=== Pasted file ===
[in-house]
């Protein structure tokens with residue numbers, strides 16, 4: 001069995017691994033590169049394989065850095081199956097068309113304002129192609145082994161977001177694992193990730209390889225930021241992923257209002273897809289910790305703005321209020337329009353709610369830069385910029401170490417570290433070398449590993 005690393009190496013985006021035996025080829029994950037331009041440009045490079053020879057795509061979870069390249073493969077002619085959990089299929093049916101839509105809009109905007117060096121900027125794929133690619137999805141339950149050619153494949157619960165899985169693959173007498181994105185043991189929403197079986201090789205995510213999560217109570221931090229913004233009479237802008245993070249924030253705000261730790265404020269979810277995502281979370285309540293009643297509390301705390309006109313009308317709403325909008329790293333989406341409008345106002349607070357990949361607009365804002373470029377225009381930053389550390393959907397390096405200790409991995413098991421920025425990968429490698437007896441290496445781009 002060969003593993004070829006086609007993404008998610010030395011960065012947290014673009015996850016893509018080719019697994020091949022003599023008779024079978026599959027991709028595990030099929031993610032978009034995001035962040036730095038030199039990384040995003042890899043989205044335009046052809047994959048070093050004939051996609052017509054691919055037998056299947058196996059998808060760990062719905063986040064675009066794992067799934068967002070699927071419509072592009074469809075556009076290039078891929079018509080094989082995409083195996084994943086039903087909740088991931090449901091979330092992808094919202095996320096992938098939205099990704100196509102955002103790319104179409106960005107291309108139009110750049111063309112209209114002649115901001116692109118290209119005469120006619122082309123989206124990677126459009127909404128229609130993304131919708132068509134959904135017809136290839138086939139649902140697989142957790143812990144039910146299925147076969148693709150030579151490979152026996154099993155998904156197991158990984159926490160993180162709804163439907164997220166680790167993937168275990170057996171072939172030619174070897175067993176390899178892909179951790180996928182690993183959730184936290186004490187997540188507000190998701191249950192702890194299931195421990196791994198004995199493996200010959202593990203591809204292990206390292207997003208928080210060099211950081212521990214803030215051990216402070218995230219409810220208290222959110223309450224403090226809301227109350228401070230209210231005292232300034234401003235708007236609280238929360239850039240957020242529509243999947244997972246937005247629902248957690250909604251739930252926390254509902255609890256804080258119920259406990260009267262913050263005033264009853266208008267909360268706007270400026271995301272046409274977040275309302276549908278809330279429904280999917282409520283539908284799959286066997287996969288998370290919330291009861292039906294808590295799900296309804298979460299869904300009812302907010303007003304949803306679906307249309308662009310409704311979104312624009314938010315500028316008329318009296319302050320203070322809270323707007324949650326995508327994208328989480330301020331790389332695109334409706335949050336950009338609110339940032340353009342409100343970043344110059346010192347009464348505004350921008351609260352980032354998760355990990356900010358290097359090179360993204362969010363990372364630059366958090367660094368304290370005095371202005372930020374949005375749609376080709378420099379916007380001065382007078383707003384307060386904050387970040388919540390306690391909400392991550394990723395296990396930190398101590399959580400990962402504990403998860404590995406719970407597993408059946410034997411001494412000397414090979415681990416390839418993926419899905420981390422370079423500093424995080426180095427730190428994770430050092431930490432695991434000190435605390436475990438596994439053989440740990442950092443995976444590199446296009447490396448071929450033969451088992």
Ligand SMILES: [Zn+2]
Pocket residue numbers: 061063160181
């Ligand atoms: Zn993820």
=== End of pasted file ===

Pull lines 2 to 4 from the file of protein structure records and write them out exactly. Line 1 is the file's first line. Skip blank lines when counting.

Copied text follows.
């Protein structure tokens with residue numbers, strides 16, 4: 001069995017691994033590169049394989065850095081199956097068309113304002129192609145082994161977001177694992193990730209390889225930021241992923257209002273897809289910790305703005321209020337329009353709610369830069385910029401170490417570290433070398449590993 005690393009190496013985006021035996025080829029994950037331009041440009045490079053020879057795509061979870069390249073493969077002619085959990089299929093049916101839509105809009109905007117060096121900027125794929133690619137999805141339950149050619153494949157619960165899985169693959173007498181994105185043991189929403197079986201090789205995510213999560217109570221931090229913004233009479237802008245993070249924030253705000261730790265404020269979810277995502281979370285309540293009643297509390301705390309006109313009308317709403325909008329790293333989406341409008345106002349607070357990949361607009365804002373470029377225009381930053389550390393959907397390096405200790409991995413098991421920025425990968429490698437007896441290496445781009 002060969003593993004070829006086609007993404008998610010030395011960065012947290014673009015996850016893509018080719019697994020091949022003599023008779024079978026599959027991709028595990030099929031993610032978009034995001035962040036730095038030199039990384040995003042890899043989205044335009046052809047994959048070093050004939051996609052017509054691919055037998056299947058196996059998808060760990062719905063986040064675009066794992067799934068967002070699927071419509072592009074469809075556009076290039078891929079018509080094989082995409083195996084994943086039903087909740088991931090449901091979330092992808094919202095996320096992938098939205099990704100196509102955002103790319104179409106960005107291309108139009110750049111063309112209209114002649115901001116692109118290209119005469120006619122082309123989206124990677126459009127909404128229609130993304131919708132068509134959904135017809136290839138086939139649902140697989142957790143812990144039910146299925147076969148693709150030579151490979152026996154099993155998904156197991158990984159926490160993180162709804163439907164997220166680790167993937168275990170057996171072939172030619174070897175067993176390899178892909179951790180996928182690993183959730184936290186004490187997540188507000190998701191249950192702890194299931195421990196791994198004995199493996200010959202593990203591809204292990206390292207997003208928080210060099211950081212521990214803030215051990216402070218995230219409810220208290222959110223309450224403090226809301227109350228401070230209210231005292232300034234401003235708007236609280238929360239850039240957020242529509243999947244997972246937005247629902248957690250909604251739930252926390254509902255609890256804080258119920259406990260009267262913050263005033264009853266208008267909360268706007270400026271995301272046409274977040275309302276549908278809330279429904280999917282409520283539908284799959286066997287996969288998370290919330291009861292039906294808590295799900296309804298979460299869904300009812302907010303007003304949803306679906307249309308662009310409704311979104312624009314938010315500028316008329318009296319302050320203070322809270323707007324949650326995508327994208328989480330301020331790389332695109334409706335949050336950009338609110339940032340353009342409100343970043344110059346010192347009464348505004350921008351609260352980032354998760355990990356900010358290097359090179360993204362969010363990372364630059366958090367660094368304290370005095371202005372930020374949005375749609376080709378420099379916007380001065382007078383707003384307060386904050387970040388919540390306690391909400392991550394990723395296990396930190398101590399959580400990962402504990403998860404590995406719970407597993408059946410034997411001494412000397414090979415681990416390839418993926419899905420981390422370079423500093424995080426180095427730190428994770430050092431930490432695991434000190435605390436475990438596994439053989440740990442950092443995976444590199446296009447490396448071929450033969451088992």
Ligand SMILES: [Zn+2]
Pocket residue numbers: 061063160181